Have you ever gone to a technical talk or presentation excited about the topic, only to be frustrated by the speaker’s technical jargon and stiff delivery?
If you’re a tax professional, you’ve likely been to more of these presentations than you care to remember (perhaps even reluctantly if you have waited until the eleventh hour to earn your CPE credit).
Let’s face it. Tax is not one of the most enthralling topics to listen Read More
Some basketball fans may remember the 1988 Summer Olympics in Seoul when, for the first time since the earth cooled, Team USA did not bring home a basketball gold medal. But NBA Commissioner David Stern had a plan: assemble a roster stocked with future Hall of Famers and allow them to run roughshod over any backwater country that dared show up for the opening tip. Read More
The IRS published a News Release on March 15, 2016 entitled, Foreign Account Filings Top 1 Million; Taxpayers Need to Know Their Filing Requirements that readers of this blog might find interesting.
Below are some snippets:
WASHINGTON — Strong and sustained growth of taxpayers Read More
Philip Wrigley had a problem. As the notoriously parsimonious owner of the Chicago Cubs in the 1970s, Mr. Wrigley did not want to spend big money to attract top players. But as the savvy owner of a successful confectionary business he also knew that no one would buy tickets to see a perennially second-division ball club. So he came up with the idea of the “loveable losers” a slightly-above average team that could win 80 or 85 games in a season.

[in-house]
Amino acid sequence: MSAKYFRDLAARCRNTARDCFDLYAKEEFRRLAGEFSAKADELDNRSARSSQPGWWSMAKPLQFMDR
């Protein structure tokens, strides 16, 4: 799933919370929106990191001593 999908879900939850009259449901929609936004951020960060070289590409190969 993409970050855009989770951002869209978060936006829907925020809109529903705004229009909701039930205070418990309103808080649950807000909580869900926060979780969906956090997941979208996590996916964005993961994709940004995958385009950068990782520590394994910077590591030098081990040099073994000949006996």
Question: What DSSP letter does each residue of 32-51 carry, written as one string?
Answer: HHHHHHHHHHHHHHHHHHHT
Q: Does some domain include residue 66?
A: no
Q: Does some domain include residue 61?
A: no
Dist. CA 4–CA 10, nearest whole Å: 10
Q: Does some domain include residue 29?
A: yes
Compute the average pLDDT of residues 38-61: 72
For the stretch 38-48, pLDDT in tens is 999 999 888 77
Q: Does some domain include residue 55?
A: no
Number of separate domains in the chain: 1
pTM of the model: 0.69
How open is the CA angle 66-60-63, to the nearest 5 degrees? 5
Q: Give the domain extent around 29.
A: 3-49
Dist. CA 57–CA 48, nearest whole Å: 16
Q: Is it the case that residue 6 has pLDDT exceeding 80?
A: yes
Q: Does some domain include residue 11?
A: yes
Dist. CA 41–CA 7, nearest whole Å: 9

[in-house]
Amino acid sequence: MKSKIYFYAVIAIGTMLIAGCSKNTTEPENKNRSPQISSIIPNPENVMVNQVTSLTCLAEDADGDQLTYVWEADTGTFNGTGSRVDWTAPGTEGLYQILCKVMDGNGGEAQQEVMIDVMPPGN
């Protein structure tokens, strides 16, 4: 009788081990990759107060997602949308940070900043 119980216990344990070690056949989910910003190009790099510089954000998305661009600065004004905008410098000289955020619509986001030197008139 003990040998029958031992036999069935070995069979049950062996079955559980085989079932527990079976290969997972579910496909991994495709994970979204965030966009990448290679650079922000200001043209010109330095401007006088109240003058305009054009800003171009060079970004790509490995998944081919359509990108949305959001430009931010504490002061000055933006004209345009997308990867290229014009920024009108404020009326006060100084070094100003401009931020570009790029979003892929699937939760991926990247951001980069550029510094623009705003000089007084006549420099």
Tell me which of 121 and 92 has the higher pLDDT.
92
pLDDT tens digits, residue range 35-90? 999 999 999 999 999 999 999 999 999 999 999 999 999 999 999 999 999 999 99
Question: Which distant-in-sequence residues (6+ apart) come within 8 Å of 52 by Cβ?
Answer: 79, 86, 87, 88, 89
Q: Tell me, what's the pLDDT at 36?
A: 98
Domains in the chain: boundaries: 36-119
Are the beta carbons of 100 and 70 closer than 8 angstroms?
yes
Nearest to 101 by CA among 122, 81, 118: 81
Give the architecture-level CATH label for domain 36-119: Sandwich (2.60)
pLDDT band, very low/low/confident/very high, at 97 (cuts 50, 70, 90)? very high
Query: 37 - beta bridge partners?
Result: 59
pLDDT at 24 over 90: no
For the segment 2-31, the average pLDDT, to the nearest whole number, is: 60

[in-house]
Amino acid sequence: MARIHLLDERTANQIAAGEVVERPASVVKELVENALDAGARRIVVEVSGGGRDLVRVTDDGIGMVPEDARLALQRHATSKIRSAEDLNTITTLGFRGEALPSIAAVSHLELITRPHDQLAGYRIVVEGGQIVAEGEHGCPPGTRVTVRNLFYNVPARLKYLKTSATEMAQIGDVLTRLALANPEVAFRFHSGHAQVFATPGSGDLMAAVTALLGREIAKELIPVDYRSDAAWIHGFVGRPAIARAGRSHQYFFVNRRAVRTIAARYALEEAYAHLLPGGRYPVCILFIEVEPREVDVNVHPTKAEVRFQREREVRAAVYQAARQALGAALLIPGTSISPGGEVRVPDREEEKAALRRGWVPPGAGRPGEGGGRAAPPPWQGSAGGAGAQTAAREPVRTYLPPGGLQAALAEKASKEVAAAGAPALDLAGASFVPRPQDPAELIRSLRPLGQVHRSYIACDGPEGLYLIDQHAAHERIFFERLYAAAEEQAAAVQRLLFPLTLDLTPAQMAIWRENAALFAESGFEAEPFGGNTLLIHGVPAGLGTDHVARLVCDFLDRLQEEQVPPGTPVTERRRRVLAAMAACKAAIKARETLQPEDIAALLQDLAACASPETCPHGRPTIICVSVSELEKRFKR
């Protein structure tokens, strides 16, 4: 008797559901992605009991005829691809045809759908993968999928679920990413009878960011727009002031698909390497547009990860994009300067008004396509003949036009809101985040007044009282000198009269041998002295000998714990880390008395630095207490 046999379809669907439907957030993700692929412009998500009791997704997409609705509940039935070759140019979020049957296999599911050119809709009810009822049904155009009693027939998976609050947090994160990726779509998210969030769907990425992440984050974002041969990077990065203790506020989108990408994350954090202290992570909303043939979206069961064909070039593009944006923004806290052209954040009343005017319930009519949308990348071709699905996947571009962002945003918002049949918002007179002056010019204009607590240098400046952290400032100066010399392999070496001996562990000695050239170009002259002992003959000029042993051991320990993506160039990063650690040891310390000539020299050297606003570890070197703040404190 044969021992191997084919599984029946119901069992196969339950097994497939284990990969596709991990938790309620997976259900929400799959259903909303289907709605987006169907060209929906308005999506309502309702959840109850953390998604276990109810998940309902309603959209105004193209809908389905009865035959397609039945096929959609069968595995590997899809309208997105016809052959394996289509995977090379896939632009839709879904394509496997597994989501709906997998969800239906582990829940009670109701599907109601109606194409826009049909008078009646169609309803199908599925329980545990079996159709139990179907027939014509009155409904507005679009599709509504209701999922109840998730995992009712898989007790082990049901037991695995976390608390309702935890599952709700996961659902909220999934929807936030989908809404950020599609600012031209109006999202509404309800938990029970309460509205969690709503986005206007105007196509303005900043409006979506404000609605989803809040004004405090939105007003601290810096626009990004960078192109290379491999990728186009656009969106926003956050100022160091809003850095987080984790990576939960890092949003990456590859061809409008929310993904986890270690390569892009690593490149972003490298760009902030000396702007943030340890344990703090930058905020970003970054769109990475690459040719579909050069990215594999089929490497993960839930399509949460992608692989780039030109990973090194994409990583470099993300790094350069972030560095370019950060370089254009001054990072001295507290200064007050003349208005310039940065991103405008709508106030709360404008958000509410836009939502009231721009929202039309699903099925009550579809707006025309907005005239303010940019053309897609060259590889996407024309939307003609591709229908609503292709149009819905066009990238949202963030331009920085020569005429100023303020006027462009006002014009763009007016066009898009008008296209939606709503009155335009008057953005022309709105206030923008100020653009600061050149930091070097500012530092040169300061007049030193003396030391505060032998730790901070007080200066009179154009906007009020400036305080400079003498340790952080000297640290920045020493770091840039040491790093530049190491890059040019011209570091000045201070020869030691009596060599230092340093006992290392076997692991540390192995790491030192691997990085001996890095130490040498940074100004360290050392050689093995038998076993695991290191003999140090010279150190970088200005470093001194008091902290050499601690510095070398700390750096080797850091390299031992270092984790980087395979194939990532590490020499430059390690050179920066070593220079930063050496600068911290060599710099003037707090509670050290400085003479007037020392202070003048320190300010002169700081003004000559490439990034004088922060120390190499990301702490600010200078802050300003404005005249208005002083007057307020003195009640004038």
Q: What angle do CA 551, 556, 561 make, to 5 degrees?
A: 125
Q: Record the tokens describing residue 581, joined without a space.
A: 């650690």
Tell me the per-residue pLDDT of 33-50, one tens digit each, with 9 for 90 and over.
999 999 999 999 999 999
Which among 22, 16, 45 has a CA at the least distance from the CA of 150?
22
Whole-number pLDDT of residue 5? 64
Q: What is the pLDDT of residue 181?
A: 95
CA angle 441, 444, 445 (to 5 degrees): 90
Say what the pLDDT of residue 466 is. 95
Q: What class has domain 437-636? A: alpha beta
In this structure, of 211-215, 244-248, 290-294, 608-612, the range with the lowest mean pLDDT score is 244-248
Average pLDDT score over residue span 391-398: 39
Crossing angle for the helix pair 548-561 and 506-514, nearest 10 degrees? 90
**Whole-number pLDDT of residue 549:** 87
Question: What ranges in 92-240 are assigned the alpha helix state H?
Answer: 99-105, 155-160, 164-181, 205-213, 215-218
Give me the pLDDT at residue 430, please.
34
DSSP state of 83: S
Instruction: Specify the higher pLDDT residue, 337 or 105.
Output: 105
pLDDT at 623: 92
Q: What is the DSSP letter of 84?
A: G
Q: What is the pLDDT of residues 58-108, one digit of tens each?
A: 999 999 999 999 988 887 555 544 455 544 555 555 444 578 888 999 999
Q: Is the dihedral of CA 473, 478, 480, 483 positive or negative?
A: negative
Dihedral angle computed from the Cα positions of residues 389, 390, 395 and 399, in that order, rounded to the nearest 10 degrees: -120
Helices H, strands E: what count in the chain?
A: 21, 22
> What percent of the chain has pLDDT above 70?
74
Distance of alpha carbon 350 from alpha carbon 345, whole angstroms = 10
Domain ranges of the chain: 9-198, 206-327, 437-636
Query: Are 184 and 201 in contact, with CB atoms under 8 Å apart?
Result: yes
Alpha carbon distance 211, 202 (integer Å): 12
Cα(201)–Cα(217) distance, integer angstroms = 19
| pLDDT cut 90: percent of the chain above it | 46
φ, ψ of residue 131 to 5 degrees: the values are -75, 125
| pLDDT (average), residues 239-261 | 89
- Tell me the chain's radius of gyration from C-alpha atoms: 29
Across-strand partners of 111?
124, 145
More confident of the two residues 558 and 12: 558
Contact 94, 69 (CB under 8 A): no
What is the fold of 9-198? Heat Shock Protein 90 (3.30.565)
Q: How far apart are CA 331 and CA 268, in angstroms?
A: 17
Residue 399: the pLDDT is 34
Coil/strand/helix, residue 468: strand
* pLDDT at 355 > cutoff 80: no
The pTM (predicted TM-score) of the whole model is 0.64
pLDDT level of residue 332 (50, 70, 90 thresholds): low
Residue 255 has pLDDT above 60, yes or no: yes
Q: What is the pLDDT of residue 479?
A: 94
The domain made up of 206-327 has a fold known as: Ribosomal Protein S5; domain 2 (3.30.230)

The point of this story is that Mr. Wrigley did not want to be penny Read More
Many people make purchase decisions based on cost, and little else. “Motor oil is motor oil,” they insist. In the minds of many, it is pure folly to pay X dollars per month for auto insurance when another company provides the same service for a mere Y dollars. Or, they ask rhetorically, what moron would pay X dollars per gallon for gasoline when the station a quarter-mile down the road only charges Y dollars?
But, as the corporate shills at Valvoline were quick to remind Earl, cost is only one element in a purchase decision. As many of us Read More
If any lawyers you happen to see this coming week look a bit more depressed than usual, it may be due, at least in part, to the unexpected passing of Supreme Court Associate Justice Antonin Scalia. His sudden death was especially jarring for all of us who have ever experienced the completely unanticipated loss of a friend or loved one.
The pride of Trenton, New Jersey passed away at age 79 while on vacation in Texas. He was a government lawyer for President Richard Nixon, and was subsequently appointed to the U.S. Court of Appeals. What’s the old joke…the definition of “federal judge” is a lawyer who knows a senator? From there, President Ronald Reagan appointed him to the High Court in 1986. Read More
Attached is a sample reasonable cause letter in support of a client’s request that all penalties and interest arising out of his unintentional failure to file and pay Form 941 withholding taxes be waived.
This is a heavily redacted version and should not be relied upon in any way, shape, or form in dealing with the IRS.
I. General Facts
Mr. X is the former president of Read More
Lord, hou schulde God approve that you robbe Petur and gif is robbere to Poule in ye name of Crist?”
John Wycliffe, Selected English Works, c. 1380